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I have a BaseController in which I put in some data in the ViewData collection by overriding OnActionExecuting.

Now i have an Action in a ChildController that doesn't need that view data.

For that purpose I created an DontPopulateViewData ActionFilterAttribute that sets a bool on the BaseController that prevents the BaseController from populating the viewdata.

Problem: the ActionFilters OnActionExecuting method is called after the one in BaseController and not before.

Will ActionFilters always be called before overridden OnActionExecuting in base controllers and is there a way to get around this?

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2 Answers 2

up vote 14 down vote accepted

In addition to what Marwan Aouida posted and suggested (using an ActionFilter on the base class), I don't think you're going to be able to create an ActionFilter that executes before the OnActionExecuting() overload on the base class. The following code:

 [MyActionFilter(Name = "Base", Order = 2)]
 public class MyBaseController : Controller
 {
     protected override void OnActionExecuting(ActionExecutingContext filterContext)
     {
        Response.Write("MyBaseController::OnActionExecuting()<br>");
        base.OnActionExecuting(filterContext);
     }

     protected override void Execute(System.Web.Routing.RequestContext requestContext)
     {
        requestContext.HttpContext.Response.Write("MyBaseController::Execute()<br>");
        base.Execute(requestContext);
     }

    protected override void OnActionExecuted(ActionExecutedContext filterContext)
    {
        Response.Write("MyBaseController::OnActionExecuted()<br>");
        base.OnActionExecuted(filterContext);
    }
 }

 public class MyActionFilter : ActionFilterAttribute
 {
    public string Name;

    public override void OnActionExecuted(ActionExecutedContext filterContext)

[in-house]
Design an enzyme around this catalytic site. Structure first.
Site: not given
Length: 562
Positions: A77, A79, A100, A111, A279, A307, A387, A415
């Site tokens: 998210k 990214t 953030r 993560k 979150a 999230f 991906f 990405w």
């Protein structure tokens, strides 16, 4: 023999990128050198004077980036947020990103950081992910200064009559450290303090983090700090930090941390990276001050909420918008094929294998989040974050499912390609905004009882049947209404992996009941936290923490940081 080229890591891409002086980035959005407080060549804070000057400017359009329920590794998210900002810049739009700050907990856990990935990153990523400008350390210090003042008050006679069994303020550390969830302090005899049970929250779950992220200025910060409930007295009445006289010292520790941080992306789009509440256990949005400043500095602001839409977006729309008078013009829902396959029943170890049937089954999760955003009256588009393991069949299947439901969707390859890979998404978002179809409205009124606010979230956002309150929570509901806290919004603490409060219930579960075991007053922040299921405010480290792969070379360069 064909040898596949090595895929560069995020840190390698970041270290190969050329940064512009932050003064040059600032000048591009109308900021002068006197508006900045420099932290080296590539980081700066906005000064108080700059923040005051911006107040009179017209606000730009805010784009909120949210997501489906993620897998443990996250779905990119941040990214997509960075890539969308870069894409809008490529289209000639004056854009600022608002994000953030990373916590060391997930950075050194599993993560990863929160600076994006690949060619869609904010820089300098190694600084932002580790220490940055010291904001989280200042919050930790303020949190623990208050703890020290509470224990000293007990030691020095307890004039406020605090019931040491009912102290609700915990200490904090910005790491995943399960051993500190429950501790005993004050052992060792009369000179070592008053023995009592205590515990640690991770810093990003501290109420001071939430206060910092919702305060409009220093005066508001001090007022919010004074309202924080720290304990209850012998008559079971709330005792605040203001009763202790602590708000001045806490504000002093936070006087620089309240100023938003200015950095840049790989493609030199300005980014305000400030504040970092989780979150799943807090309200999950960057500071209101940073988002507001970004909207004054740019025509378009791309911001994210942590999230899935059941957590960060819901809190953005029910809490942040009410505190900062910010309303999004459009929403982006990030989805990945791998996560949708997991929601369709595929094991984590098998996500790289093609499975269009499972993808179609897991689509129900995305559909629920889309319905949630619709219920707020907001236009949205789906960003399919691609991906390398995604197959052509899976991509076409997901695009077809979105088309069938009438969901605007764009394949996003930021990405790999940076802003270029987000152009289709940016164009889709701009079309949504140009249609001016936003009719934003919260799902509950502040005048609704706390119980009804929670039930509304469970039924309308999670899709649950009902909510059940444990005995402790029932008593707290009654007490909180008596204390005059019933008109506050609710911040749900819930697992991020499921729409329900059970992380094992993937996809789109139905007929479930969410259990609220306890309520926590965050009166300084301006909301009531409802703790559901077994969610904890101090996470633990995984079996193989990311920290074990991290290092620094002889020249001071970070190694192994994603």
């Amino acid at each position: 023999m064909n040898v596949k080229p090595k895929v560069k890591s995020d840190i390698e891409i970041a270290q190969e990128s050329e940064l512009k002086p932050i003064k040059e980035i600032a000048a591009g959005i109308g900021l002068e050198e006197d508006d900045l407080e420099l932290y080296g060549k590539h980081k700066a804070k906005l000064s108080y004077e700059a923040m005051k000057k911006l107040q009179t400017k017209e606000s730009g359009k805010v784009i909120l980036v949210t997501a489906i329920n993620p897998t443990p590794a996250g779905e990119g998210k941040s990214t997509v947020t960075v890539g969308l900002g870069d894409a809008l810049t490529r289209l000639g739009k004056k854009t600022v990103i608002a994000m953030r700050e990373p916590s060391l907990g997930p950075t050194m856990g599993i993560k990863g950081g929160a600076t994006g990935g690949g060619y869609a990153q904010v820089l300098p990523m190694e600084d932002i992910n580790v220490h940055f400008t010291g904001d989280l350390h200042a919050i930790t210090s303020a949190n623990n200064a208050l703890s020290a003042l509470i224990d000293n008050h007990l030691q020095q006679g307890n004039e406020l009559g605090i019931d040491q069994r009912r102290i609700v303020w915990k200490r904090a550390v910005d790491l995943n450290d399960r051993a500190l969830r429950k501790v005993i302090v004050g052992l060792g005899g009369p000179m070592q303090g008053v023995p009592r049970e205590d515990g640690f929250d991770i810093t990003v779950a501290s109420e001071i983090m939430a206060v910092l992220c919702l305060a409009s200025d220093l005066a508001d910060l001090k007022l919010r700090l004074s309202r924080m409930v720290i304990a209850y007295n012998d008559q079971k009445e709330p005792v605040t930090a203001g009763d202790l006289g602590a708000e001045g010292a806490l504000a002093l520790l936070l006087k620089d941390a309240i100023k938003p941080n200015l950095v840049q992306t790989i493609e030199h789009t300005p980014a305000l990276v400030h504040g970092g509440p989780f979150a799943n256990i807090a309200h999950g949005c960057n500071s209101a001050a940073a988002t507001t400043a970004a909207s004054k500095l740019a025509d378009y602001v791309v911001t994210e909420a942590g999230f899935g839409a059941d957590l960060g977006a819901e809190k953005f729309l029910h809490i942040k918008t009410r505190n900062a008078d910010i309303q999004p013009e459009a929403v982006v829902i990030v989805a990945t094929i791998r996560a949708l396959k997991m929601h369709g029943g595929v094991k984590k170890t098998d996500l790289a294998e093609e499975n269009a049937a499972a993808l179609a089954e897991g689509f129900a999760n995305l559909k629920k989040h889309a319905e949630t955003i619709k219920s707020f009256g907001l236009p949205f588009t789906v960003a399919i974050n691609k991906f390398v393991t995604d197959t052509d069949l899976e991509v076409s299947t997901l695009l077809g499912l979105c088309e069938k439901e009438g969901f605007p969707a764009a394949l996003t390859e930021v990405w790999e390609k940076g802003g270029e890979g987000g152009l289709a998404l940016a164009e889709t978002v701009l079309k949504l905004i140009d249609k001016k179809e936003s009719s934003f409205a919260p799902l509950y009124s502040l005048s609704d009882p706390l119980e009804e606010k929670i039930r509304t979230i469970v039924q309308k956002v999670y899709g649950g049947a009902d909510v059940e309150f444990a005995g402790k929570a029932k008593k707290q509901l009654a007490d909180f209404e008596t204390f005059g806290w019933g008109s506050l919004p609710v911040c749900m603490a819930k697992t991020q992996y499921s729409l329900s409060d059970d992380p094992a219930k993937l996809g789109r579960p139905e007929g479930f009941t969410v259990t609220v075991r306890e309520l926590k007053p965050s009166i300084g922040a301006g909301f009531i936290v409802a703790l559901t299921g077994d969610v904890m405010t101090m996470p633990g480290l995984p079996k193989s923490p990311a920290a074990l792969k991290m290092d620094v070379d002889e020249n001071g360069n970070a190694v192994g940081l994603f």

{
        filterContext.HttpContext.Response.Write("MyActionFilter_" + Name + "::OnActionExecuted()<br>");
        base.OnActionExecuted(filterContext);
    }

    public override void OnActionExecuting(ActionExecutingContext filterContext)
    {
        filterContext.HttpContext.Response.Write("MyActionFilter_" + Name + "::OnActionExecuting()<br>");
        base.OnActionExecuting(filterContext);
    }
 }

 public class MyTestController : MyBaseController
 {
     [MyActionFilter(Name = "Derived", Order = 1)]
     public void Index()
     {
        Response.Write("MyTestController::Index()<br>");
     }
 }

produces this output:

MyBaseController::Execute()
MyBaseController::OnActionExecuting()
MyActionFilter_Derived::OnActionExecuting()
MyActionFilter_Base::OnActionExecuting()
MyTestController::Index()
MyActionFilter_Base::OnActionExecuted()
MyActionFilter_Derived::OnActionExecuted()
MyBaseController::OnActionExecuted()
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Thanks. And yes, putting the logic into an ActionFilter on the baseclass will solve the problem and even result in a cleaner design. –  Christian Dalager May 20 '09 at 4:55

The ActionFilterAttribute class has a property called "Order" which you can use to set the order in which the Action Filters are executed.
In your case you have to set the order of the Filter Attribute in the BaseController to 2 and the Filter Attribute in the DerivedController to 1:

[MyFilter(Order=2)]
public class BaseController:Controller
{

  public ActionResult MyAction() {

  }

}

[MySecondFilter(Order=1)]
public class DerivedController:BaseController
{

  public ActionResult AnotherAction() {

  }

}

Read this for more infos: http://msdn.microsoft.com/en-us/library/dd381609.aspx

Note: I didn't test this.

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